The legacy of Ravi Zacharias, one of the most highly respected Christian leaders of our time, is threatened by an unfolding scandal. Zacharias, who founded Ravi Zacharias International Ministries (RZIM) in 1984, has again been accused of sexual misconduct. This time his accusers are several women other than his initial accuser from 2016. Their testimonies, along with that of the initial accuser, paint a picture of Zacharias’ alleged predatory pattern.
Over the years, Zacharias and the other apologists on his team ministered to hundreds of thousands of people all over the world. When Zacharias passed away in May, the tributes from well known ministry leaders poured in. Unfortunately, so have the accusations.
“If people are blessed by his ministry, that’s fine. We certainly weren’t blessed by it. We almost lost our lives,” Lori Anne Thompson told ChurchLeaders. Thompson accused Zacharias of luring her into a sexual relationship in 2016 (for more on that, check out Part 1 of our series).
In 2017, when RZIM learned of the allegations Thompson made against their founder and leader, they chose not to look into the allegations themselves, deferring instead to the denomination through which Zacharias was ordained, the Christian & Missionary Alliance (C&MA). In late 2017 through early 2018, C&MA conducted an inquiry into the allegations.
The Christian and Missionary Alliance Inquiry
ChurchLeaders reached out to C&MA to inquire about the nature of that inquiry. Peter Burgo, the director of media relations for C&MA, told us they performed an “internal inquiry” into the matter. Burgo emphasized that the inquiry could not be considered an independent investigation: “The C&MA initiated an internal inquiry (NOT an independent investigation) when it learned of the original allegations in 2017.”
The inquiry was “conducted by a team of people including senior C&MA officers who are deeply familiar with our Uniform Policy on Discipline, Restoration and Appeal,” Burgo explained. When asked who was contacted during this inquiry, Burgo said Lori Anne Thompson, Ravi Zacharias, and “leaders at RZIM.” He also mentioned he believes there were others but that their names were not disclosed as “this was a confidential inquiry.”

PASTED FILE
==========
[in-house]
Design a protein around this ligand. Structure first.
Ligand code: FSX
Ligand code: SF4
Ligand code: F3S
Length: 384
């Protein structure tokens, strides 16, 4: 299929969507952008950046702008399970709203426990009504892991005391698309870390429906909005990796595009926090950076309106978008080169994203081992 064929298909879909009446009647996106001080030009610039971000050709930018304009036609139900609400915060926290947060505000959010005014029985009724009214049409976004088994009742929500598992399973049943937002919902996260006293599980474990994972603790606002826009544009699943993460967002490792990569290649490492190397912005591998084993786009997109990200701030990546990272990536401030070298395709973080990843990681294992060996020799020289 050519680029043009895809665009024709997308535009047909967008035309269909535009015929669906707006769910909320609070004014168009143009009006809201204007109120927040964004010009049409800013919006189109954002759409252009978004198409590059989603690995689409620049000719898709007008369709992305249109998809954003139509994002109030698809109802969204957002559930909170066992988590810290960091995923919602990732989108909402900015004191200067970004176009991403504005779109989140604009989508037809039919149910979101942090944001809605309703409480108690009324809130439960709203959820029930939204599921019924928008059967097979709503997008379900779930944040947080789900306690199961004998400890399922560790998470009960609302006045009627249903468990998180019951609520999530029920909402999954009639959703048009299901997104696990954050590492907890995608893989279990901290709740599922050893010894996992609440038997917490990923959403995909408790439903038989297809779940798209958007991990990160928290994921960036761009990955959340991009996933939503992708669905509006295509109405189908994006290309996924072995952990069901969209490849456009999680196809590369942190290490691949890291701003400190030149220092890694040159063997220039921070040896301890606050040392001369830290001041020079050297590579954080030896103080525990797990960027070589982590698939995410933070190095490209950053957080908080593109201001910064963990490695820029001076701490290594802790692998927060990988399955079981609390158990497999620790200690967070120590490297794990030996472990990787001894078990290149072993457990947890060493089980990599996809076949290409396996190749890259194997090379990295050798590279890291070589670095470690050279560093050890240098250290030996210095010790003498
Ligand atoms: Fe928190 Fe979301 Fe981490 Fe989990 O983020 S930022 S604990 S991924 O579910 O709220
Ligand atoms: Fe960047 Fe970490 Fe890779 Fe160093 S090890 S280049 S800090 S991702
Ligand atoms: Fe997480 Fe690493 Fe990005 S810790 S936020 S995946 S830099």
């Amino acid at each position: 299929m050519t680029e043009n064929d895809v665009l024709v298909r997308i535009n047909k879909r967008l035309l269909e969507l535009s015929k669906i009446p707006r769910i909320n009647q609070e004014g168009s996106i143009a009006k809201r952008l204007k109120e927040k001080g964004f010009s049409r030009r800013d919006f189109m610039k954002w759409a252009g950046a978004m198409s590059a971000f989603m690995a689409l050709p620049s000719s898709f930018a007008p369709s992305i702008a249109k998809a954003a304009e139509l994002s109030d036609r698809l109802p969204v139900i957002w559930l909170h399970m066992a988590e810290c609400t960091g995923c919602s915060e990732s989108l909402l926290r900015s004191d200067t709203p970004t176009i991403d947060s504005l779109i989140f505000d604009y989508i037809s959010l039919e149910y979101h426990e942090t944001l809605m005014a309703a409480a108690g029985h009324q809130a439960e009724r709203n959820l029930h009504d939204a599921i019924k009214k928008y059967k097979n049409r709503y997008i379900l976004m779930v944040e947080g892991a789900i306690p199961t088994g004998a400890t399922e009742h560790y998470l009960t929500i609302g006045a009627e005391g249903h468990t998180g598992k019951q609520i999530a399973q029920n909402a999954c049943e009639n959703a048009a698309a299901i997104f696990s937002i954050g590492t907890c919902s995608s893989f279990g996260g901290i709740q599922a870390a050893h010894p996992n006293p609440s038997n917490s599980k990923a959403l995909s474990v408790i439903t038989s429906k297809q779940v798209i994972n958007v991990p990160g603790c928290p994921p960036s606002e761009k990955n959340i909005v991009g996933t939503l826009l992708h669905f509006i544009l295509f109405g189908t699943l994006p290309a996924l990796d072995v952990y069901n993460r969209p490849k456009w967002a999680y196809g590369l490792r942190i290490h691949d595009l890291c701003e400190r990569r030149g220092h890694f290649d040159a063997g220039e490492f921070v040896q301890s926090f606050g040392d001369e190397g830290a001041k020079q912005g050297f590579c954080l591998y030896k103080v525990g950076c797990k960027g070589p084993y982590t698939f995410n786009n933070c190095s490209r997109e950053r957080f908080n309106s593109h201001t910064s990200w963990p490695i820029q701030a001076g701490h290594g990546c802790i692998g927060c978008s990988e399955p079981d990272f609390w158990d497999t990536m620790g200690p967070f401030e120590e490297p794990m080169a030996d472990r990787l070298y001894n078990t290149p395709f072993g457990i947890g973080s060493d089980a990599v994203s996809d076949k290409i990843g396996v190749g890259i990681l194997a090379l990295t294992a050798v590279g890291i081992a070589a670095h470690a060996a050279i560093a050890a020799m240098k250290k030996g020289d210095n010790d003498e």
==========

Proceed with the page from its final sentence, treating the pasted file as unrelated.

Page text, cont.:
Thompson told us she was made aware of the inquiry via a C&MA pastor on Twitter. Thompson said she reached out to C&MA and eventually spoke with Gary Friesen (Vice President/General Counsel) and another male C&MA leader early in 2018. Thompson believes it was John Stumbo (President) who was on the phone call, but C&MA has declined to disclose who the other person was. Unfortunately, the conversation occurred “long after he [Zacharias] sued and silenced me,” Thompson explained, referring to the non-disclosure agreement she signed in 2017.
When ChurchLeaders asked Burgo why C&MA didn’t initiate contact with Thompson, Burgo said that Thompson may have reached out to the C&MA before they had officially begun their inquiry.
At the conclusion of its inquiry, in March 2018, C&MA released this statement:
The C&MA recently completed a thorough inquiry of these accusations, including interviews with those involved and a review of all available documentation and records. While it is not appropriate to publicly discuss the nuances of these allegations, the available evidence does not provide a basis for formal discipline under the C&MA policy.
Prior to this year, the only statement RZIM released about Thompson’s allegations was written by Zacharias and was the same one he gave to Christianity Today, which was published on December 3, 2017. The statement gives Zacharias’ version of the story, and as we noted in Part 1 of this article, both Thompson and Boz Tchividjian, her current legal counsel, believe Zacharias broke their non-disclosure agreement by publishing this statement.